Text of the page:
Published: 14:44, 03 December 2020
| Updated: 15:19, 03 December 2020
A plan to ban the export of live animals for slaughter has been unveiled by the government in what could be a major step towards scrapping a practice branded "foul and unnecessary".
Campaigners argue the animals frequently suffer excessively long journeys, condemning the practice as cruel and inhumane.
Environment secretary George Eustice has now revealed plans to ban such exports, which includes an eight-week consultation in England and Wales, seeking views on how to better protect animal welfare during transport.
Previously, EU rules prevented any changes to this trade, but Brexit has paved the way for plans which would prevent the unnecessary suffering of animals.
It would make this country the first in Europe to end the practice.
The government is also consulting on proposals to improve animal welfare in transport more generally, such as reducing maximum journey times, giving animals more space and headroom during transports, and strengthening rules on transporting animals in extreme temperatures.
South Thanet MP Craig Mackinlay has welcomed the move.
“As I expected, with Brexit talks approaching some kind of conclusion, the issue of live transports via Ramsgate Port has climbed up the political ladder," he said.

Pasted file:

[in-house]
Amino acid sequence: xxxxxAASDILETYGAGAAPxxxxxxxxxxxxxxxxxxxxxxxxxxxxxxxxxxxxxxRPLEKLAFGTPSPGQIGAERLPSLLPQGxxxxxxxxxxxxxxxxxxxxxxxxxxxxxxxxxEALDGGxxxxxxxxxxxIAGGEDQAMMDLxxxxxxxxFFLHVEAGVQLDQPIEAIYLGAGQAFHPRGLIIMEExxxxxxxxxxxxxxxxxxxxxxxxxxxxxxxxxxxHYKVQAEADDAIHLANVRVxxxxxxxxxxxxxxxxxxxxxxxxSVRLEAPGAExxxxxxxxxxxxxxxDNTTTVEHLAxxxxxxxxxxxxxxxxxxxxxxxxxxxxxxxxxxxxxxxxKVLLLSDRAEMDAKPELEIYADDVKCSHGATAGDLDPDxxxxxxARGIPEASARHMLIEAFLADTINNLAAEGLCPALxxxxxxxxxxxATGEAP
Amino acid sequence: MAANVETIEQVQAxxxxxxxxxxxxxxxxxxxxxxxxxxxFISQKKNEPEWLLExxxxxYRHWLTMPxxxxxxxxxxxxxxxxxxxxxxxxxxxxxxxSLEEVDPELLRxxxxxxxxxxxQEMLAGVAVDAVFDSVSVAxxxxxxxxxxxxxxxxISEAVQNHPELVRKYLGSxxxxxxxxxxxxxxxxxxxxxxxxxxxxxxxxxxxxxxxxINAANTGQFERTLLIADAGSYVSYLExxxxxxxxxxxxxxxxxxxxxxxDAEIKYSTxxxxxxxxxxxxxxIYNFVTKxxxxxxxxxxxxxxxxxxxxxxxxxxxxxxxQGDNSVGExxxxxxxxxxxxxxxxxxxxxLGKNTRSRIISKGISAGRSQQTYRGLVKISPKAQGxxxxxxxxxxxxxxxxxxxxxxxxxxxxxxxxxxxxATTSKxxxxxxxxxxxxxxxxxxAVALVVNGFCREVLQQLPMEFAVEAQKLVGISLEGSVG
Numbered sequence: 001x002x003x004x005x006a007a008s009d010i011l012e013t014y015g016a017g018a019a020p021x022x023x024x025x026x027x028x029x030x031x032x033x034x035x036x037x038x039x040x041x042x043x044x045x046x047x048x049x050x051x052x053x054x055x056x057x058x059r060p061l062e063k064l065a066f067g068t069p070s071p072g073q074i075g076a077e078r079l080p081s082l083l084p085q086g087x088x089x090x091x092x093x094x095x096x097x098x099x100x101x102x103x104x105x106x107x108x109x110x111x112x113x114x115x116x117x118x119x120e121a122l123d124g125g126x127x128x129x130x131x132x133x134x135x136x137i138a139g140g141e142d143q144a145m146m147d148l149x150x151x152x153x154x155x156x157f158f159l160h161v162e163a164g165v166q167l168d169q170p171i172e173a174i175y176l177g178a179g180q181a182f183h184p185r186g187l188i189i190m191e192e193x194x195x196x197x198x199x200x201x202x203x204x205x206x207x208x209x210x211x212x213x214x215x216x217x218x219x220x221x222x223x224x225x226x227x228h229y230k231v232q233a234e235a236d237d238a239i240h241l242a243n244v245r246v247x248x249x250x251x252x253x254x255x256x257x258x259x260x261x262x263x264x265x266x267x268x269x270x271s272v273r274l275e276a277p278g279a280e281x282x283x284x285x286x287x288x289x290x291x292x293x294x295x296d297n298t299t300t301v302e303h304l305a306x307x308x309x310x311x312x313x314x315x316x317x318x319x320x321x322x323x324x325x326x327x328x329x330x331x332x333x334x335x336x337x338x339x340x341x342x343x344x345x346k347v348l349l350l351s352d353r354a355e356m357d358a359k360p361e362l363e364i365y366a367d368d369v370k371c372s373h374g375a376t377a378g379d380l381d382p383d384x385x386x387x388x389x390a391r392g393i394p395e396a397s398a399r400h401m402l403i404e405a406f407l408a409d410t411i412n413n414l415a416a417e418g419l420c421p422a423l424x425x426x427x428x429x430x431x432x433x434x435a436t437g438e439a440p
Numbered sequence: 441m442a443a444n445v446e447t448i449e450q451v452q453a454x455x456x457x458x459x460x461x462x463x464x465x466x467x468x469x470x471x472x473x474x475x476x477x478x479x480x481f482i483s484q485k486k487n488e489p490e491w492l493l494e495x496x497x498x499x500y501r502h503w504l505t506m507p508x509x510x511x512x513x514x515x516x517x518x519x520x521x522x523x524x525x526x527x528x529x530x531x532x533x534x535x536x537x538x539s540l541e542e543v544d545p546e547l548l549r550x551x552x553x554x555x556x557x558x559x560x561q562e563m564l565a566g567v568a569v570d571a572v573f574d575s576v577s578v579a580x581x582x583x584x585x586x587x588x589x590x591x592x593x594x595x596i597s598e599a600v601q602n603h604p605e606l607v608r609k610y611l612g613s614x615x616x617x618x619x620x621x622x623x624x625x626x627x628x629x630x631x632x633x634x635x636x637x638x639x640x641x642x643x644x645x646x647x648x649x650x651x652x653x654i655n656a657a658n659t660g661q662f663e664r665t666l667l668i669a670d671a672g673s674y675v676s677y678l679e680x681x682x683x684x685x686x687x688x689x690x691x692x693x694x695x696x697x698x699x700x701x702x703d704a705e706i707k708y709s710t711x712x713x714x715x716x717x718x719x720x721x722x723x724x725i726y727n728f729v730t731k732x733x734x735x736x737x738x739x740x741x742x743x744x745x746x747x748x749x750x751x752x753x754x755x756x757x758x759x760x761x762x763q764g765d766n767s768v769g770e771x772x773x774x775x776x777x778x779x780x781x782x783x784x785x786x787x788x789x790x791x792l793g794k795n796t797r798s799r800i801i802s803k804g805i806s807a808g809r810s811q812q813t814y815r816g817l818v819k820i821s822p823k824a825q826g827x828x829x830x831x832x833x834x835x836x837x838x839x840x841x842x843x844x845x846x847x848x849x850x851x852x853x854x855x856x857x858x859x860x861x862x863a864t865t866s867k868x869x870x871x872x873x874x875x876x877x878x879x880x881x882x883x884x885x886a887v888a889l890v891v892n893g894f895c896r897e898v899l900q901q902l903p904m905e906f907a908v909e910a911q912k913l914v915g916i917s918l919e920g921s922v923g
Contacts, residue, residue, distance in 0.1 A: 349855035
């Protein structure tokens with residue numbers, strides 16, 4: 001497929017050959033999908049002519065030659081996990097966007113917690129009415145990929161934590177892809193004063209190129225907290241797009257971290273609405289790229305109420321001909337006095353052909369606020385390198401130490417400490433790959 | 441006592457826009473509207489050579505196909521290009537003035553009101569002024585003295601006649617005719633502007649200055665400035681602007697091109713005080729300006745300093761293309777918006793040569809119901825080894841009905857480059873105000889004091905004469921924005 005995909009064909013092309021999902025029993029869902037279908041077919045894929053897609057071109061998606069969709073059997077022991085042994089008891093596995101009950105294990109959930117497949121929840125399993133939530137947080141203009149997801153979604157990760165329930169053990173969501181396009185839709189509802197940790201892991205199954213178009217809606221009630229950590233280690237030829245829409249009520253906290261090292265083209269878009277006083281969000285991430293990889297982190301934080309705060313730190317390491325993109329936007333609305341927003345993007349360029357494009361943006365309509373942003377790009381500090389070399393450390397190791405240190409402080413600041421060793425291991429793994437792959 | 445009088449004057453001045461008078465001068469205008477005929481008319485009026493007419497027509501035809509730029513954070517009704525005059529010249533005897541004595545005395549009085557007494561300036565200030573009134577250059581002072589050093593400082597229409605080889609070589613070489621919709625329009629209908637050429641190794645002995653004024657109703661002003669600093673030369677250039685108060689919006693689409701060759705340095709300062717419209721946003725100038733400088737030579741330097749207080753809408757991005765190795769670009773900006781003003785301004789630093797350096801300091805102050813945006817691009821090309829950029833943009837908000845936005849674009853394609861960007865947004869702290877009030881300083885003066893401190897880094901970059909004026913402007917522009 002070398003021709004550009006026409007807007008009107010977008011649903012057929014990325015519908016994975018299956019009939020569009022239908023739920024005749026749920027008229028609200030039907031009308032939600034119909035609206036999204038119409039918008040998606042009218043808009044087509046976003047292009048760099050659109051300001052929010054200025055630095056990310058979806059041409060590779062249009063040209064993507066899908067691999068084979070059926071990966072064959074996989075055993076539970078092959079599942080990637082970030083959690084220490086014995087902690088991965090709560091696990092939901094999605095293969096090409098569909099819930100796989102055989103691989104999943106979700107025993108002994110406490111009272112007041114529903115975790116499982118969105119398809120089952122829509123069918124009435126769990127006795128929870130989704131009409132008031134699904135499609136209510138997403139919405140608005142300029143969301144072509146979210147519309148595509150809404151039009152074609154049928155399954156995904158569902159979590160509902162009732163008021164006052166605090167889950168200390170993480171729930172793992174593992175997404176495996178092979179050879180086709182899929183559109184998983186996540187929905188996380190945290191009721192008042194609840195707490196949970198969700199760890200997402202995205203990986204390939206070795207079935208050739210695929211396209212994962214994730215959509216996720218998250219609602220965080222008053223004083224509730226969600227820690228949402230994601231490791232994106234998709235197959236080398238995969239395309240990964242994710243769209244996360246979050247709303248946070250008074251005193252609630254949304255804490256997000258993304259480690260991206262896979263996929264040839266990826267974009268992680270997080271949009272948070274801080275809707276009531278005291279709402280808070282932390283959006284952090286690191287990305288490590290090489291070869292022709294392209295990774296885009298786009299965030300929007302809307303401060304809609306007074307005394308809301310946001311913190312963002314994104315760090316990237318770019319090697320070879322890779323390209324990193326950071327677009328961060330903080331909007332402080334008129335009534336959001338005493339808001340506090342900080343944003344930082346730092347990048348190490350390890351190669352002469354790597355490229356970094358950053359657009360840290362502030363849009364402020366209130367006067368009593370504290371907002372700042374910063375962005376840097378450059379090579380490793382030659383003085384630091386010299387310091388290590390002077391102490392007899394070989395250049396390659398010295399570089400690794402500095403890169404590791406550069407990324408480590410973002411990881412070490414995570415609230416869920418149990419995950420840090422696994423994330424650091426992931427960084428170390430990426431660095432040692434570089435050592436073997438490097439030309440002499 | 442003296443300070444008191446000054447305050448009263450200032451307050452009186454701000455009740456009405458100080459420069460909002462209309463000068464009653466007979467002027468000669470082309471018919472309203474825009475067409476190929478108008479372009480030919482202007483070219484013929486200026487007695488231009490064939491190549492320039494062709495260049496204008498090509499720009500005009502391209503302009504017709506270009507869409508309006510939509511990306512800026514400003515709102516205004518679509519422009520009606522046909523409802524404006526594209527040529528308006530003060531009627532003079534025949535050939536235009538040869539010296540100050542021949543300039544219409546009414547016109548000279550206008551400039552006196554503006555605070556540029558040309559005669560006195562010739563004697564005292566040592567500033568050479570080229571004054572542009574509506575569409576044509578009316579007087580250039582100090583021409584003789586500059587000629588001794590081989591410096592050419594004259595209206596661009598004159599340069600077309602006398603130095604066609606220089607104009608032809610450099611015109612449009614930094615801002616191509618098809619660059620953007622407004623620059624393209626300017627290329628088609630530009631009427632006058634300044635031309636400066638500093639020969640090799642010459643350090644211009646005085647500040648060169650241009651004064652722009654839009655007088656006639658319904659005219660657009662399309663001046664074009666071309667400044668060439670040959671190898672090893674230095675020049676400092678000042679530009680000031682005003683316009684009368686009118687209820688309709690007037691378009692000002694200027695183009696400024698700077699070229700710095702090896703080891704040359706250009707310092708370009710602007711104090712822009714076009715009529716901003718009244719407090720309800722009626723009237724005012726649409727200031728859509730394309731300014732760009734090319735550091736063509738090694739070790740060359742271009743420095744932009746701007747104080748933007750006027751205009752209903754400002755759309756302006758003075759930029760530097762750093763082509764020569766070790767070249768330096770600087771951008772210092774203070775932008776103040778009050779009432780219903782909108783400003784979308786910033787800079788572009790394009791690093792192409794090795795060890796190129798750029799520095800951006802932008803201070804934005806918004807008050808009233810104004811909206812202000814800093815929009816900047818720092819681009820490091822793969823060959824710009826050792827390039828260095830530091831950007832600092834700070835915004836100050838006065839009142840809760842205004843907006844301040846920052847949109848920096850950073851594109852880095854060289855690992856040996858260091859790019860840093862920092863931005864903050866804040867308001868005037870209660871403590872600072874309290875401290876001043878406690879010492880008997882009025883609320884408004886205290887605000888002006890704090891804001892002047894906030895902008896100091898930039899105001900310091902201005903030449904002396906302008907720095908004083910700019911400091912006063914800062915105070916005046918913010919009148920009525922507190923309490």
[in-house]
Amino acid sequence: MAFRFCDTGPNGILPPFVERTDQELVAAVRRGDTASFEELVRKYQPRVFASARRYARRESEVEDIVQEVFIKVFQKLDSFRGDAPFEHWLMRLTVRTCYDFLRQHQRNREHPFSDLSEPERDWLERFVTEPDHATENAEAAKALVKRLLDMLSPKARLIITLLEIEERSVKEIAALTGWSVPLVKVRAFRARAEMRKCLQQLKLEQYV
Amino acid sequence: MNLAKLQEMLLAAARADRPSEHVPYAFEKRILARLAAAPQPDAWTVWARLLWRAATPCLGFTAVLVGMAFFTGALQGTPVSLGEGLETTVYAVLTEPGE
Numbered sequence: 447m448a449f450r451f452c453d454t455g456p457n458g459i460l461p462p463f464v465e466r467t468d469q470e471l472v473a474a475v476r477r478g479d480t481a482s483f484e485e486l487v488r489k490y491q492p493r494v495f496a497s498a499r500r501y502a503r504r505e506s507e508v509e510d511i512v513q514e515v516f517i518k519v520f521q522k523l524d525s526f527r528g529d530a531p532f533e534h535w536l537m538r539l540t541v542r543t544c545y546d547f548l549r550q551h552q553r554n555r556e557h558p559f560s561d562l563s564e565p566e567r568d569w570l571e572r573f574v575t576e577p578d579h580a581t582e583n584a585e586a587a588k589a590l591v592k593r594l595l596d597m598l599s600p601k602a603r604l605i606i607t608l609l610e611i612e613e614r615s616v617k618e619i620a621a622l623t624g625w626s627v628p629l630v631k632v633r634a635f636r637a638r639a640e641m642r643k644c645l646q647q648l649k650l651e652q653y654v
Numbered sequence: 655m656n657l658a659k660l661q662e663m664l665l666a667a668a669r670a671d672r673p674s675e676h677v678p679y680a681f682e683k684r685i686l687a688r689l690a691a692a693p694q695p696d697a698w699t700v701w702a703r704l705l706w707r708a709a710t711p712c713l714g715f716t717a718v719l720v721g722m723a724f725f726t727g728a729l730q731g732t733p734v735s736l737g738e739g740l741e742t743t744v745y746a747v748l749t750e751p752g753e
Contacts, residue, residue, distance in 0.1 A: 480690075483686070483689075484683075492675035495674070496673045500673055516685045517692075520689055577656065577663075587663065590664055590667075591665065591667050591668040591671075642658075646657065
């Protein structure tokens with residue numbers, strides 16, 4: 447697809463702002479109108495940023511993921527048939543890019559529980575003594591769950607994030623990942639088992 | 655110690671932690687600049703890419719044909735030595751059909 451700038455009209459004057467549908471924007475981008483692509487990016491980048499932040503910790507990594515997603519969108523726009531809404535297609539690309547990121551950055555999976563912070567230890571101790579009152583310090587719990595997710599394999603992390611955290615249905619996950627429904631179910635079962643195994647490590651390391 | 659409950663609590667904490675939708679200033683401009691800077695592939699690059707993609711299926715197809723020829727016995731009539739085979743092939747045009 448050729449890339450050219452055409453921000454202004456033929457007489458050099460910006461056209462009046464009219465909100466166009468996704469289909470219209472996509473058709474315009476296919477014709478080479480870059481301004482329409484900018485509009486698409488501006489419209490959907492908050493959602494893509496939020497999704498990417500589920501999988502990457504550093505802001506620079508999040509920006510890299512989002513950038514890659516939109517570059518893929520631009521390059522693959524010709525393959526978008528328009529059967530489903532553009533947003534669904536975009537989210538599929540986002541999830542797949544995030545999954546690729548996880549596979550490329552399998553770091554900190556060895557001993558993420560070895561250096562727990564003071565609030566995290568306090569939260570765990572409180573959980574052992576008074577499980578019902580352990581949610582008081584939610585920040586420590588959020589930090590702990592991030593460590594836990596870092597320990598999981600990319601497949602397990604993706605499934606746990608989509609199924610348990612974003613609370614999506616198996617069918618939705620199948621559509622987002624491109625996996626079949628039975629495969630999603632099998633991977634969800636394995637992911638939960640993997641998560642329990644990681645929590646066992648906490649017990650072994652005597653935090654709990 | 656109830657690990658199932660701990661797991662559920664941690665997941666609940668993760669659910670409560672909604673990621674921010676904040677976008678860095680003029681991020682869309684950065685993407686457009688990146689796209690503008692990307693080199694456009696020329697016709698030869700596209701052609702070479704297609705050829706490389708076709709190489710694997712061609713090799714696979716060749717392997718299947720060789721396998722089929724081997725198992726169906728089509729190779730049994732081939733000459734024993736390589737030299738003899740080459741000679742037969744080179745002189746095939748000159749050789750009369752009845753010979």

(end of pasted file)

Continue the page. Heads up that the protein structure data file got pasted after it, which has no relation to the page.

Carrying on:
“This is a totemic issue for me and I will work with Conservative ministers and backbenchers to put a stop to this foul and unnecessary trade until we are successful.
“We can now rethink the length of journeys for all farmed animals. I should additionally like to see local farming with local slaughter guaranteeing quality and unnecessarily long transport times.”
Mr Eustice says the plan marks a major step forward to ending live exports for slaughter.
“Now that we have left the EU, we have an opportunity to end this unnecessary practice," he said.
"We want to ensure that animals are spared stress prior to slaughter."
But Ramsgate county councillor Karen Constantine says the consultation is a slap in the face.
"Campaigners were assured by Craig Mackinlay that this vile trade would end once we had left the EU," she said.
"I think it’s clear that the trade in live sheep will continue beyond January 1, 2021.
"I am concerned that Ramsgate will have to endure this shameful export for many months to come.
"I also fear we will see many more day-old chicks being exported by lorry and ferry as the aviation industry struggles to recover.
"This means longer journeys and extra suffering for animals.
"I cannot see the efficacy for a consultation as there is a pre-existing wealth of expertise and evidence on animal welfare.
"This as an exercise is kicking important issues into the long grass.
"With just a few weeks to go, the government has so far failed to achieve a Brexit deal, which means road chaos, especially at ports, is now almost inevitable.
"Any animal in transit may be subject to potentially distressing delays and I am not yet convinced that Kent County Council has sufficient provisions to prevent this from happening or have robust contingency plans in place.
"This is another example of voters being cynically manipulated and promised progress which turns out out to be anything but."
About 6,400 animals were transported from the UK directly to slaughter in continental Europe in 2018.